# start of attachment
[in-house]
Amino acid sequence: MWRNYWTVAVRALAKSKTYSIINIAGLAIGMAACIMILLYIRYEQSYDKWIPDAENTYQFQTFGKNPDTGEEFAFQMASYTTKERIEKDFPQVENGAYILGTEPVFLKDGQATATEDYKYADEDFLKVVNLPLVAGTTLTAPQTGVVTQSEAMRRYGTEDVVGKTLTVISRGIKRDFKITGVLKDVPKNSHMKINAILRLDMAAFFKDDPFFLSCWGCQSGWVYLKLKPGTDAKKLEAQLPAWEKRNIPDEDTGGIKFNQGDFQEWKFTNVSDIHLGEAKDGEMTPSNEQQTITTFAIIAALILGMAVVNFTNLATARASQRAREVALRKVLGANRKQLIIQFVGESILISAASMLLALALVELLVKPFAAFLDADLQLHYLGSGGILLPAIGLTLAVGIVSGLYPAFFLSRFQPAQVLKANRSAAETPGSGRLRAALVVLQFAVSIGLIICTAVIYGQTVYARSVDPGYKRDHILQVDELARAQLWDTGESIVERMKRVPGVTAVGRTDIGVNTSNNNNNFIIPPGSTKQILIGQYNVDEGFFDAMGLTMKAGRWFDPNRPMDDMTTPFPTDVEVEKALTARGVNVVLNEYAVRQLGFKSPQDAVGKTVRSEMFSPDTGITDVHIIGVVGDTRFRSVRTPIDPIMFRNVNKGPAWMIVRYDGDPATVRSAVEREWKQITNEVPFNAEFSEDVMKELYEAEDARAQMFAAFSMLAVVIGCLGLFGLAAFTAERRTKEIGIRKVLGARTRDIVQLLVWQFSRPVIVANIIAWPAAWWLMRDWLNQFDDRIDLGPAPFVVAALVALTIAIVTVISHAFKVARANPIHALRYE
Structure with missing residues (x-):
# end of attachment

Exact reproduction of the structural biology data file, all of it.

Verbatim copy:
[in-house]
Amino acid sequence: MWRNYWTVAVRALAKSKTYSIINIAGLAIGMAACIMILLYIRYEQSYDKWIPDAENTYQFQTFGKNPDTGEEFAFQMASYTTKERIEKDFPQVENGAYILGTEPVFLKDGQATATEDYKYADEDFLKVVNLPLVAGTTLTAPQTGVVTQSEAMRRYGTEDVVGKTLTVISRGIKRDFKITGVLKDVPKNSHMKINAILRLDMAAFFKDDPFFLSCWGCQSGWVYLKLKPGTDAKKLEAQLPAWEKRNIPDEDTGGIKFNQGDFQEWKFTNVSDIHLGEAKDGEMTPSNEQQTITTFAIIAALILGMAVVNFTNLATARASQRAREVALRKVLGANRKQLIIQFVGESILISAASMLLALALVELLVKPFAAFLDADLQLHYLGSGGILLPAIGLTLAVGIVSGLYPAFFLSRFQPAQVLKANRSAAETPGSGRLRAALVVLQFAVSIGLIICTAVIYGQTVYARSVDPGYKRDHILQVDELARAQLWDTGESIVERMKRVPGVTAVGRTDIGVNTSNNNNNFIIPPGSTKQILIGQYNVDEGFFDAMGLTMKAGRWFDPNRPMDDMTTPFPTDVEVEKALTARGVNVVLNEYAVRQLGFKSPQDAVGKTVRSEMFSPDTGITDVHIIGVVGDTRFRSVRTPIDPIMFRNVNKGPAWMIVRYDGDPATVRSAVEREWKQITNEVPFNAEFSEDVMKELYEAEDARAQMFAAFSMLAVVIGCLGLFGLAAFTAERRTKEIGIRKVLGARTRDIVQLLVWQFSRPVIVANIIAWPAAWWLMRDWLNQFDDRIDLGPAPFVVAALVALTIAIVTVISHAFKVARANPIHALRYE
Structure with missing residues (x-):